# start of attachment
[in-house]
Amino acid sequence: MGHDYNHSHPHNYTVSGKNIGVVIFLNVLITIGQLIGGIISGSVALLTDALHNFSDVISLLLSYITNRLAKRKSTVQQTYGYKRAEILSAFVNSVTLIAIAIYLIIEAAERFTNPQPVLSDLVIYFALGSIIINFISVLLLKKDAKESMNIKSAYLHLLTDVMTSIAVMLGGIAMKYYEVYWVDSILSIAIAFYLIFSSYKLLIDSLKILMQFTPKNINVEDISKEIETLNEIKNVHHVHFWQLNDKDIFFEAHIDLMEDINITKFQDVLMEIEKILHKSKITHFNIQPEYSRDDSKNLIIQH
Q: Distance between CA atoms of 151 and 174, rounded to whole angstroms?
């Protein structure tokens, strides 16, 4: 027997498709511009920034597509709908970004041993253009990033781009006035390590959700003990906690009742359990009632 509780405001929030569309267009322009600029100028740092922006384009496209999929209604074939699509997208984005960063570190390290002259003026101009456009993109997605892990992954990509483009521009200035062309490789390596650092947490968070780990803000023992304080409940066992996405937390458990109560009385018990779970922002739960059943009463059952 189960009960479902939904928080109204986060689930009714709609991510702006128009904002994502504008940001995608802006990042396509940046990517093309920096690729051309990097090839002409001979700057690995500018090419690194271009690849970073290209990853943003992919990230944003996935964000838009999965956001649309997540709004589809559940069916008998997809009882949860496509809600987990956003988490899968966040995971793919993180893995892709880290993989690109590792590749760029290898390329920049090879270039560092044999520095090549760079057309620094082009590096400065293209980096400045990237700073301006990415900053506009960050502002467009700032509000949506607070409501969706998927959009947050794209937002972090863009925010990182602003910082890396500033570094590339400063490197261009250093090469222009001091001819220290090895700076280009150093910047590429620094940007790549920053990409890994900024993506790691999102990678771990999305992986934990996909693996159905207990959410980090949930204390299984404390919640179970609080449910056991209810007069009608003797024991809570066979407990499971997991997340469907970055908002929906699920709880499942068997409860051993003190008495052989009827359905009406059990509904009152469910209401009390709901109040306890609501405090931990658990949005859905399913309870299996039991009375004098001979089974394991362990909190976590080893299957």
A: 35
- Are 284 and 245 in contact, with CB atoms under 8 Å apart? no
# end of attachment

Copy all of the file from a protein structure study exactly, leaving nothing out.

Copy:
[in-house]
Amino acid sequence: MGHDYNHSHPHNYTVSGKNIGVVIFLNVLITIGQLIGGIISGSVALLTDALHNFSDVISLLLSYITNRLAKRKSTVQQTYGYKRAEILSAFVNSVTLIAIAIYLIIEAAERFTNPQPVLSDLVIYFALGSIIINFISVLLLKKDAKESMNIKSAYLHLLTDVMTSIAVMLGGIAMKYYEVYWVDSILSIAIAFYLIFSSYKLLIDSLKILMQFTPKNINVEDISKEIETLNEIKNVHHVHFWQLNDKDIFFEAHIDLMEDINITKFQDVLMEIEKILHKSKITHFNIQPEYSRDDSKNLIIQH
Q: Distance between CA atoms of 151 and 174, rounded to whole angstroms?
């Protein structure tokens, strides 16, 4: 027997498709511009920034597509709908970004041993253009990033781009006035390590959700003990906690009742359990009632 509780405001929030569309267009322009600029100028740092922006384009496209999929209604074939699509997208984005960063570190390290002259003026101009456009993109997605892990992954990509483009521009200035062309490789390596650092947490968070780990803000023992304080409940066992996405937390458990109560009385018990779970922002739960059943009463059952 189960009960479902939904928080109204986060689930009714709609991510702006128009904002994502504008940001995608802006990042396509940046990517093309920096690729051309990097090839002409001979700057690995500018090419690194271009690849970073290209990853943003992919990230944003996935964000838009999965956001649309997540709004589809559940069916008998997809009882949860496509809600987990956003988490899968966040995971793919993180893995892709880290993989690109590792590749760029290898390329920049090879270039560092044999520095090549760079057309620094082009590096400065293209980096400045990237700073301006990415900053506009960050502002467009700032509000949506607070409501969706998927959009947050794209937002972090863009925010990182602003910082890396500033570094590339400063490197261009250093090469222009001091001819220290090895700076280009150093910047590429620094940007790549920053990409890994900024993506790691999102990678771990999305992986934990996909693996159905207990959410980090949930204390299984404390919640179970609080449910056991209810007069009608003797024991809570066979407990499971997991997340469907970055908002929906699920709880499942068997409860051993003190008495052989009827359905009406059990509904009152469910209401009390709901109040306890609501405090931990658990949005859905399913309870299996039991009375004098001979089974394991362990909190976590080893299957």
A: 35
- Are 284 and 245 in contact, with CB atoms under 8 Å apart? no